The other road from Inverie leads six miles to a farm at a place called Inverguserin. A really beautiful journey through the wilderness takes you into the valley where walkers might begin the ascent of Ladhar Bienne. This was truly beautiful and felt very wild indeed. To add to the atmosphere we came across a stalker who was saddling up two ponies to go up and take the deer off the hill. For as long as I can remember I have wanted to go stalking, I find it a nice thing to do. I’m hoping to get the opportunity to do this someday. Although climbing the Munro wasn’t possible for me this time, the experience of being there was really wonderful.
I’ve visited many parts of Scotland over recent years and had some amazing experiences. I have to say however that Knoydart is a very special place and already I am longing to go back there. The isolation, the peace, and the feeling of true wilderness make it just magical There are no ferries arriving each day bringing hundreds of tourists. The majority of people there are those who live there. Although this is part of the Scottish mainland, it really feels like island life. Just things like the old cars, and the lack of road signs make it feel very isolated. There is a lovely farm shop on the Kilchoan Estate selling some nice things that has an honesty box for people to leave their money. Doors are seldom locked and keys are left in cars giving a beautiful feel of community and trust.
There are those who would like ferry companies such as Caledonian Macbrayne to begin running a scheduled service to the peninsula. This would indeed bring many people and money into the community. There would however be a price to pay for this. More infrastructure would be required to support a greater number of visitors and this would change the feel of the place. Before long Knoydart would require more amenities, shops and cafes. One can’t help feeling that something special would then be lost forever. I hope Knoydart remains a true wilderness and the already fragile community there survives for many generations to come.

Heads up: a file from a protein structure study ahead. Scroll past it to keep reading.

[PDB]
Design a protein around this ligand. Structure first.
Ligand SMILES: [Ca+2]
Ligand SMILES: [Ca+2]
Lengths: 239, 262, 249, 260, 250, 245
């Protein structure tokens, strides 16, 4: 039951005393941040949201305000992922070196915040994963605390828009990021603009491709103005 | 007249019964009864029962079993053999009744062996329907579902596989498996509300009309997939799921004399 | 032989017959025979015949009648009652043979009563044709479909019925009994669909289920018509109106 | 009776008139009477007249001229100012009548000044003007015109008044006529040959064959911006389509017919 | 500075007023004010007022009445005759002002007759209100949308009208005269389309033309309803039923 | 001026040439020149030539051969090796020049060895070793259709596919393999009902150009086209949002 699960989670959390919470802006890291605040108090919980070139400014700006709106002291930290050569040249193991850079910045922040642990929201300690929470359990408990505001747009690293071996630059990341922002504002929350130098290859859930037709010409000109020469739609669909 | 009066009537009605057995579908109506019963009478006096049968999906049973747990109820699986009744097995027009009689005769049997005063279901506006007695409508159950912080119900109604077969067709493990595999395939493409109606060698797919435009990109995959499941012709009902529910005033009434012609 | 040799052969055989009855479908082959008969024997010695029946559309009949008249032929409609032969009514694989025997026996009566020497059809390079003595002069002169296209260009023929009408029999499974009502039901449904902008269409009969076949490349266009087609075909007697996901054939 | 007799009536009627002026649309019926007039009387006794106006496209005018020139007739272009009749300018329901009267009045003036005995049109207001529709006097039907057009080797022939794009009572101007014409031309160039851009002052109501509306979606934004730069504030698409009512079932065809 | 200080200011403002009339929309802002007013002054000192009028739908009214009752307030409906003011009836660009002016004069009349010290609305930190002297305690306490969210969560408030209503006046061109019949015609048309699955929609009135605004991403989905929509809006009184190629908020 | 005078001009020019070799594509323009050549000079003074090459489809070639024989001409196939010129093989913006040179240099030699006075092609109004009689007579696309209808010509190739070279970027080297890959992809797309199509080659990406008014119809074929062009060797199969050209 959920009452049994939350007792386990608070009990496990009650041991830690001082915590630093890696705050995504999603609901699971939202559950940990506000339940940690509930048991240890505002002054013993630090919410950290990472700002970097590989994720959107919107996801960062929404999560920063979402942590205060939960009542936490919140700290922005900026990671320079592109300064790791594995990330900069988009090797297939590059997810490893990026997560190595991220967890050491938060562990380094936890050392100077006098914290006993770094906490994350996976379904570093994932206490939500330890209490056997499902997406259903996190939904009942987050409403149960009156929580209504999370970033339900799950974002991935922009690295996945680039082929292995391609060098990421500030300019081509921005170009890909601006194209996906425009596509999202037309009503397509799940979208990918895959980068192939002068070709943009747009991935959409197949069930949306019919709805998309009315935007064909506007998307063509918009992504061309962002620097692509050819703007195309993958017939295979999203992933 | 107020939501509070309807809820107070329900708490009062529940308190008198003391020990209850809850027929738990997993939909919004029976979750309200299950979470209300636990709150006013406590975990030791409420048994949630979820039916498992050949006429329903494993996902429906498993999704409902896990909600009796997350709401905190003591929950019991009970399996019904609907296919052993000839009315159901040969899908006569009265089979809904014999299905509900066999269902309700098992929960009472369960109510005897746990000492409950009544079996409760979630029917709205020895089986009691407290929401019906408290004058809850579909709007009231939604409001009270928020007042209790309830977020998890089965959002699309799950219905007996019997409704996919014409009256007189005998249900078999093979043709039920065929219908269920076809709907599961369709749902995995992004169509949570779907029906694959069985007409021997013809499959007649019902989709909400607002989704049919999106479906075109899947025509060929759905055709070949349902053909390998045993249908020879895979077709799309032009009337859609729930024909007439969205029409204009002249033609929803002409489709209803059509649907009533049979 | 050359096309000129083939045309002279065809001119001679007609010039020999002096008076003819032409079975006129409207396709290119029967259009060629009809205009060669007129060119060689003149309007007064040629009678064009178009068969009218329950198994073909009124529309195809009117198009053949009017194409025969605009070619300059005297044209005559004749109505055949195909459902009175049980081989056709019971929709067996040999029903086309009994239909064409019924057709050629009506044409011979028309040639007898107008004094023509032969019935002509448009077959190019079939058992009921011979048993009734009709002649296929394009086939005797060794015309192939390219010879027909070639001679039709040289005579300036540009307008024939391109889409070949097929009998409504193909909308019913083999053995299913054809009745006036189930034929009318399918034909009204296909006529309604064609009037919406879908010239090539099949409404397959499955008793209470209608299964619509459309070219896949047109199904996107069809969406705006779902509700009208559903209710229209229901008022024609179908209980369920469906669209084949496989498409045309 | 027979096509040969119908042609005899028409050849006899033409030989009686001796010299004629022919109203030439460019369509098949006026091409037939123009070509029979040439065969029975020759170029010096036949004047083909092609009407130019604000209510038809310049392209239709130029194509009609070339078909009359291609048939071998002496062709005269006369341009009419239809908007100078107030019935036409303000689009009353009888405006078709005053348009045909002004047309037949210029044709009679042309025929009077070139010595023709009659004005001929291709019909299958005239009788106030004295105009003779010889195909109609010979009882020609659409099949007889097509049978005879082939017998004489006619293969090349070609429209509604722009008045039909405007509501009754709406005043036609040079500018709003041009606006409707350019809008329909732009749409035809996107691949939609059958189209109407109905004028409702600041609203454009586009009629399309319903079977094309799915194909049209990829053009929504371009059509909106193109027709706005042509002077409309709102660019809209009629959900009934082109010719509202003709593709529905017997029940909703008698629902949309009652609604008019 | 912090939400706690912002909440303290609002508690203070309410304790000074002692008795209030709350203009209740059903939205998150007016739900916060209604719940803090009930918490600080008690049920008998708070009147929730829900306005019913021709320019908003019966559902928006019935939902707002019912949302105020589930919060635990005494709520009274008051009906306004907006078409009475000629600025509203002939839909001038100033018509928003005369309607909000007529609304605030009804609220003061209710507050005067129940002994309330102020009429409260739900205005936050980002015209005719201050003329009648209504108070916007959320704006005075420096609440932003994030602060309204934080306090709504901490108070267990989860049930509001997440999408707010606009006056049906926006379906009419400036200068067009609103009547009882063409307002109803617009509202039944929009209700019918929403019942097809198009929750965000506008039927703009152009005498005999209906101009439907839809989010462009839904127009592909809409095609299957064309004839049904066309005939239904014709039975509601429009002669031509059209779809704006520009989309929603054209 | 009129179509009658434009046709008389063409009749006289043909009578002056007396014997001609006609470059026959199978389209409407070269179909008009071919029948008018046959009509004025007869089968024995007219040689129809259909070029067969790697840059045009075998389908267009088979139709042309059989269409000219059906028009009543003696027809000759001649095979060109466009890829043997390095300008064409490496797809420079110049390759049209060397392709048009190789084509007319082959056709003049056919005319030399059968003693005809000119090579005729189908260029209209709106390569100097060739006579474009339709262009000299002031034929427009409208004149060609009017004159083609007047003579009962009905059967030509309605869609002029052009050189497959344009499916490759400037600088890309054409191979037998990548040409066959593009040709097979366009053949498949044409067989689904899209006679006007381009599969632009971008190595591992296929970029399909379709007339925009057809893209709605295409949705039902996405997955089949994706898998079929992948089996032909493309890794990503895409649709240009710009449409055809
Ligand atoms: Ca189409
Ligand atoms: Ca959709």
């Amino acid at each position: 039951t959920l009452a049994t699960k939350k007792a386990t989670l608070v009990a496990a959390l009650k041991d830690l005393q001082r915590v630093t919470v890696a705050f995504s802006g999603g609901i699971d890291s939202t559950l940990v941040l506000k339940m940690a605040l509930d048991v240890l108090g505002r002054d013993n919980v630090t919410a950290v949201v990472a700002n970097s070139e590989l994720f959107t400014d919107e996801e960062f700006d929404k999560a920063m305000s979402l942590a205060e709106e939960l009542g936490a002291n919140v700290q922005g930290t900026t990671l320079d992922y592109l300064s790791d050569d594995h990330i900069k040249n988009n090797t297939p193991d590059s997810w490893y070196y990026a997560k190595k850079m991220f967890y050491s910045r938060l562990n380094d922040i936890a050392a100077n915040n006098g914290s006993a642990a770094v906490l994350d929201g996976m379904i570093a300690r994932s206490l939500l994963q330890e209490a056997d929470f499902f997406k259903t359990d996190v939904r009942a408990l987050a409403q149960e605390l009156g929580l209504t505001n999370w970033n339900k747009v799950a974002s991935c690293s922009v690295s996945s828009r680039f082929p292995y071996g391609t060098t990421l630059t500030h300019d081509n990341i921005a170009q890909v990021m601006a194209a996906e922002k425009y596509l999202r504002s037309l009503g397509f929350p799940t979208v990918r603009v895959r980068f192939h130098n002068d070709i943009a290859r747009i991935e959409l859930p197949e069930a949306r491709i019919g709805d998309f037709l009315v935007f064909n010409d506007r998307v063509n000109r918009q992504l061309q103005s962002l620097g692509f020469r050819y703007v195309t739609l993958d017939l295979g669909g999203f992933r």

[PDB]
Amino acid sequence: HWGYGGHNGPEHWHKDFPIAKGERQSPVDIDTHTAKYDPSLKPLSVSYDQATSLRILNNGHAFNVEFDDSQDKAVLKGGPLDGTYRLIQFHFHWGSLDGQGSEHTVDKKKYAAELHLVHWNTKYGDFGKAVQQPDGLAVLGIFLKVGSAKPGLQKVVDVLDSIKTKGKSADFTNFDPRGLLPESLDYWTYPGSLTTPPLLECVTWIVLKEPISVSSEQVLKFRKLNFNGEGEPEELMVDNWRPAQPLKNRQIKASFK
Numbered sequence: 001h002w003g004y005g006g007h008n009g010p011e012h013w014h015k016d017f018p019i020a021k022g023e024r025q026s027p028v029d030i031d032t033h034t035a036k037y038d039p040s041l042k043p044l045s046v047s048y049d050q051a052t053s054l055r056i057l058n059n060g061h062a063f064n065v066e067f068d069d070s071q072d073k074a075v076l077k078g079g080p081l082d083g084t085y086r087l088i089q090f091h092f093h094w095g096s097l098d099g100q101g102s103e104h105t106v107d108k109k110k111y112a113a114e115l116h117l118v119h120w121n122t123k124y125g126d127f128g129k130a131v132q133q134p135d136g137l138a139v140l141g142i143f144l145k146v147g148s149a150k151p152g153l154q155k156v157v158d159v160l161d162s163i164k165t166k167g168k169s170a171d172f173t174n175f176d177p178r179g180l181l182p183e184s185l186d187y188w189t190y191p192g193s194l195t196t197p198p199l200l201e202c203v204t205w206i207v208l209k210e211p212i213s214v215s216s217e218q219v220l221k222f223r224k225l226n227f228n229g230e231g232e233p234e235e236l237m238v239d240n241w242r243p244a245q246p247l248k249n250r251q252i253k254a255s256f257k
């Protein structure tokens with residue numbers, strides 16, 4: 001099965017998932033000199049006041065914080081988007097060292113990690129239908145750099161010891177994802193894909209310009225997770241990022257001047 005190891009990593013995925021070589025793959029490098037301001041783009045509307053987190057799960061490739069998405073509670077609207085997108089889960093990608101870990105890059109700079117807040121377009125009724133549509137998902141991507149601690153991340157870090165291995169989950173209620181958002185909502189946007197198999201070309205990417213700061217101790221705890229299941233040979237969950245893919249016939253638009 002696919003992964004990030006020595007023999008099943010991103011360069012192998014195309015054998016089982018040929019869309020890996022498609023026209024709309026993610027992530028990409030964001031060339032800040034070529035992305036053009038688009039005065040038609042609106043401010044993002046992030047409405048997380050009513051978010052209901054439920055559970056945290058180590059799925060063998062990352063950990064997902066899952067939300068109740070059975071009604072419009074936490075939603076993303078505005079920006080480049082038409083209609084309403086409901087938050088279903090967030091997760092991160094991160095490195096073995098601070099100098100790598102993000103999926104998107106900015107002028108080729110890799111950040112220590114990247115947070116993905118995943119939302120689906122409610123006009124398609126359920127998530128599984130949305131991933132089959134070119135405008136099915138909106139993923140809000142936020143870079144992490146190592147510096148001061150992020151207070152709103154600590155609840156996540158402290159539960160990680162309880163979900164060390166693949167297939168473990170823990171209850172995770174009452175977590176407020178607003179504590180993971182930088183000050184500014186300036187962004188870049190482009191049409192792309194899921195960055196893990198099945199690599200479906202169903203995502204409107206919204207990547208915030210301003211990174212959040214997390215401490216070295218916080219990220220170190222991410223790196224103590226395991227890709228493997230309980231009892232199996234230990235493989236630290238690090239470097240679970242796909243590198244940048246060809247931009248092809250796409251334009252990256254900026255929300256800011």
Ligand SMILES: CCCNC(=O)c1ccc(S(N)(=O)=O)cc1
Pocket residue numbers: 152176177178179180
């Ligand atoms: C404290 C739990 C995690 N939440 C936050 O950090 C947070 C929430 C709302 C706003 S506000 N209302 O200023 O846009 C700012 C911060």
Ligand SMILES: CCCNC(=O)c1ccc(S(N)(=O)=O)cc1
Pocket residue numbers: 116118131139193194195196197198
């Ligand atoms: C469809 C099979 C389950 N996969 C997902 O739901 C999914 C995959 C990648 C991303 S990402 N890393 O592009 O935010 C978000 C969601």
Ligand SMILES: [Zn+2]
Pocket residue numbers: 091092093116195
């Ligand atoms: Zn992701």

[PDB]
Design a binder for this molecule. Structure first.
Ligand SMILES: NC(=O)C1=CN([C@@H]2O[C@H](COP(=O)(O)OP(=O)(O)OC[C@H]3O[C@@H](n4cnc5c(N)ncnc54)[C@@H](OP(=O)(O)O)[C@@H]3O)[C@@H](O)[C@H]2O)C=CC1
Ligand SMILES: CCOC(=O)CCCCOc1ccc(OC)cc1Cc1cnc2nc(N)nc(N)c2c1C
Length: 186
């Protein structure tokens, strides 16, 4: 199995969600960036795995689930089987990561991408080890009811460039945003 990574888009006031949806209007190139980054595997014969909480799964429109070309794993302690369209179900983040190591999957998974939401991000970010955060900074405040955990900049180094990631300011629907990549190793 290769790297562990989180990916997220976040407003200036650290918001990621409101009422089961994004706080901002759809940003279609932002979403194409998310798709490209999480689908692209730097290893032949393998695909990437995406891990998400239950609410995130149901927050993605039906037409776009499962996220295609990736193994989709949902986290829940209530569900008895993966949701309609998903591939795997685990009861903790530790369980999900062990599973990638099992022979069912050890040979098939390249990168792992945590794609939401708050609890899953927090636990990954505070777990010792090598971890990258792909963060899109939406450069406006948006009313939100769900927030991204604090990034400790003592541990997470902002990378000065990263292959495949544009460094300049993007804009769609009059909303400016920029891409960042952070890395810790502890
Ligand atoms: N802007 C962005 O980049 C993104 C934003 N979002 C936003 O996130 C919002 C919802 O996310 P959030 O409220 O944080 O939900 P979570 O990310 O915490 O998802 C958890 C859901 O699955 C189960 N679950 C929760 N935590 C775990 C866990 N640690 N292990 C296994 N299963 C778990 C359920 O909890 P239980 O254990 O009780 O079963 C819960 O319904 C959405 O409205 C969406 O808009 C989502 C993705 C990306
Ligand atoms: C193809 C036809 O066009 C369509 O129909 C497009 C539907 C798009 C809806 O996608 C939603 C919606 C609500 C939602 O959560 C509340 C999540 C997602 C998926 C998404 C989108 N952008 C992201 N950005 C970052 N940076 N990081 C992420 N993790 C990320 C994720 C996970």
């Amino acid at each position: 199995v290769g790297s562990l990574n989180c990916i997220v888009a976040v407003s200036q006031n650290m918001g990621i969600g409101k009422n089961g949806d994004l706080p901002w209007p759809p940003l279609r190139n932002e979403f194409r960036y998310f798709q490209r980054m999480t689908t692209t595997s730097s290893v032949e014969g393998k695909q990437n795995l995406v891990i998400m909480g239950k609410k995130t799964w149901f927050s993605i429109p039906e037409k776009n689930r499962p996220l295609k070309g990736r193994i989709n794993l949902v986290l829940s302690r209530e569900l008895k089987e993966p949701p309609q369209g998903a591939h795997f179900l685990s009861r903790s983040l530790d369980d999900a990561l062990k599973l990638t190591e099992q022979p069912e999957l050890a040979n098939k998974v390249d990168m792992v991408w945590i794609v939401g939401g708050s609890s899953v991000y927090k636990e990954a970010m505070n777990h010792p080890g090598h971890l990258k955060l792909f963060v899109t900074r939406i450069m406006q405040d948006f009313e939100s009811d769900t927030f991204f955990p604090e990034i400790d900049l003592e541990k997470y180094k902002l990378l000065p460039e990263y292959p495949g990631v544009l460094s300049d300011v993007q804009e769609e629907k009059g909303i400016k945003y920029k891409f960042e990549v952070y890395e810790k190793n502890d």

Since I began writing my Disability Travel and Sports Blog over a year ago, my motivation to go out and have fun has gone through the roof. One of the things that has really come back for me, is my motivation to go hillwalking in the Scottish Mountains. Having cerebral palsy has of course made it more challenging. Although recently I discovered that my love for the mountains is as strong as ever. Unfortunately, I have run into a few barriers in this area. I find it very physically demanding and as a result experience excruciating pain in my joints. Whether the joy of the experience outweighs the discomfort is something I have yet to answer.
In the Past
I’ve always loved the outdoors and being in the hills. I was taken regularly into the countryside by my parents when I was young and I continued my fun in the outdoors with the local Scout Troop. When I got to university I joined the hillwalking society and started climbing Munros. I quickly made friends with others in the club who were a bit more patient and happy to proceed at my pace. We would regularly leave in the early hours of the morning to go and climb a particular mountain.
I became a post graduate student in Manchester where my hill walking career seemed to grind to a halt. I walked a little in the Peak District but my studies and career soon took over. When I retured to Edinburgh in the late 1990’s I joined a local club. However, I didn’t persevere for a number of reasons and I assumed that this was the end of my walking career.
20 years on
Recently I have taken the opportunity to go hill walking again and I have regained my passion for the wonderful mountains. Among other activities I have,
Although I enjoying being in the hills very much, there always seems to be a cost to pay. Each time I go walking I usually end up in excruciating pain. Much as I love being in the mountains I have to ask myself if it’s worth it. I find it very frustrating indeed for the following reasons:
Things came to a head recently when I took on more than I could handle. Experiencing so much pain and being at least another 2 hours from the car, I called for help. The Breamar Mountain Rescue sent out a Landrover and picked me up in Glen Callater. This is not a scenario I ever want to repeat. The physical and mental affects have a long impact and, I can’t disregard them.
Onward and Up the Mountains
I would like to work with a therapist to get to the source of my joint pain. Regular physiotherapy might really help. I am aware that I could go through my GP and get referred to the NHS but there are two problems with that. First, I’d wait a very long time to be seen and secondly it wouldn’t be a long term thing. After a couple of visits I’d be discharged and back to square one.
If anyone knows of a physiotherapist in or around Edinburgh who may be prepared to help me then please get in touch. Thank You.